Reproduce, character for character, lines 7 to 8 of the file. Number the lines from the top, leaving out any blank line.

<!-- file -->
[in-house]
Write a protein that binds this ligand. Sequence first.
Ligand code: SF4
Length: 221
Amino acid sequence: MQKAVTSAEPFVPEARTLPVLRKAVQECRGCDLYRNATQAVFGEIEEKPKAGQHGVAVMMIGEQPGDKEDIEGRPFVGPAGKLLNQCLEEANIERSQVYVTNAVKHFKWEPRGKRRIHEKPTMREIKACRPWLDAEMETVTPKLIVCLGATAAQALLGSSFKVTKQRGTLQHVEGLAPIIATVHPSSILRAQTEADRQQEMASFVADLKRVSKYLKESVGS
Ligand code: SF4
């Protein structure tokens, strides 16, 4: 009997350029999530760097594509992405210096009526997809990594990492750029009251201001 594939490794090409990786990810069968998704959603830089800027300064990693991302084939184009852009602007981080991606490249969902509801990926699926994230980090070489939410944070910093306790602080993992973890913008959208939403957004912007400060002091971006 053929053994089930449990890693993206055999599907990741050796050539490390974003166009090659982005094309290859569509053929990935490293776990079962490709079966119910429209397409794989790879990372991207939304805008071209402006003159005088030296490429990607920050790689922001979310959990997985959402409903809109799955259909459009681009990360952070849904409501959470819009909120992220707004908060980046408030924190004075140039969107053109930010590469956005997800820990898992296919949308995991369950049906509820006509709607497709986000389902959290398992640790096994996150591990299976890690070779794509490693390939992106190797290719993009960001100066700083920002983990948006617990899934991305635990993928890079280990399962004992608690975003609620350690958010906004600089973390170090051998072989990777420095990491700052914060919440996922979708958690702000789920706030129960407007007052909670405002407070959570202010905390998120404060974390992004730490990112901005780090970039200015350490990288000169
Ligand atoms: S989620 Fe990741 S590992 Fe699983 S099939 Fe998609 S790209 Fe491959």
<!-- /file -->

């Protein structure tokens, strides 16, 4: 009997350029999530760097594509992405210096009526997809990594990492750029009251201001 594939490794090409990786990810069968998704959603830089800027300064990693991302084939184009852009602007981080991606490249969902509801990926699926994230980090070489939410944070910093306790602080993992973890913008959208939403957004912007400060002091971006 053929053994089930449990890693993206055999599907990741050796050539490390974003166009090659982005094309290859569509053929990935490293776990079962490709079966119910429209397409794989790879990372991207939304805008071209402006003159005088030296490429990607920050790689922001979310959990997985959402409903809109799955259909459009681009990360952070849904409501959470819009909120992220707004908060980046408030924190004075140039969107053109930010590469956005997800820990898992296919949308995991369950049906509820006509709607497709986000389902959290398992640790096994996150591990299976890690070779794509490693390939992106190797290719993009960001100066700083920002983990948006617990899934991305635990993928890079280990399962004992608690975003609620350690958010906004600089973390170090051998072989990777420095990491700052914060919440996922979708958690702000789920706030129960407007007052909670405002407070959570202010905390998120404060974390992004730490990112901005780090970039200015350490990288000169
Ligand atoms: S989620 Fe990741 S590992 Fe699983 S099939 Fe998609 S790209 Fe491959």